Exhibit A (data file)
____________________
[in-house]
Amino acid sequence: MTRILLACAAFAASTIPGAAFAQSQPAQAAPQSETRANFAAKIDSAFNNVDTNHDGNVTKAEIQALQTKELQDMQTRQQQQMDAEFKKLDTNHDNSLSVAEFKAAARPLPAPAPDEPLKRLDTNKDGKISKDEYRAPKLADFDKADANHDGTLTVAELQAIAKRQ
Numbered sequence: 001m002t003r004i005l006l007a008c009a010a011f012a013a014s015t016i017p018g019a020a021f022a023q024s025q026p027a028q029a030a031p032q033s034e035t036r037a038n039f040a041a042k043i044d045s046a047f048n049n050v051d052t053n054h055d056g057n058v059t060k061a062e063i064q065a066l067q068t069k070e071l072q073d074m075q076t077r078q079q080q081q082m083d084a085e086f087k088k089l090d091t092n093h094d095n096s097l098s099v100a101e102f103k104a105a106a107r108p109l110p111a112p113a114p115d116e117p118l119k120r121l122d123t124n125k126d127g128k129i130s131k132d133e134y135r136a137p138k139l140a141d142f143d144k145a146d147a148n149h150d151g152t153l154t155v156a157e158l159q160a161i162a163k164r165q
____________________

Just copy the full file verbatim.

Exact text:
[in-house]
Amino acid sequence: MTRILLACAAFAASTIPGAAFAQSQPAQAAPQSETRANFAAKIDSAFNNVDTNHDGNVTKAEIQALQTKELQDMQTRQQQQMDAEFKKLDTNHDNSLSVAEFKAAARPLPAPAPDEPLKRLDTNKDGKISKDEYRAPKLADFDKADANHDGTLTVAELQAIAKRQ
Numbered sequence: 001m002t003r004i005l006l007a008c009a010a011f012a013a014s015t016i017p018g019a020a021f022a023q024s025q026p027a028q029a030a031p032q033s034e035t036r037a038n039f040a041a042k043i044d045s046a047f048n049n050v051d052t053n054h055d056g057n058v059t060k061a062e063i064q065a066l067q068t069k070e071l072q073d074m075q076t077r078q079q080q081q082m083d084a085e086f087k088k089l090d091t092n093h094d095n096s097l098s099v100a101e102f103k104a105a106a107r108p109l110p111a112p113a114p115d116e117p118l119k120r121l122d123t124n125k126d127g128k129i130s131k132d133e134y135r136a137p138k139l140a141d142f143d144k145a146d147a148n149h150d151g152t153l154t155v156a157e158l159q160a161i162a163k164r165q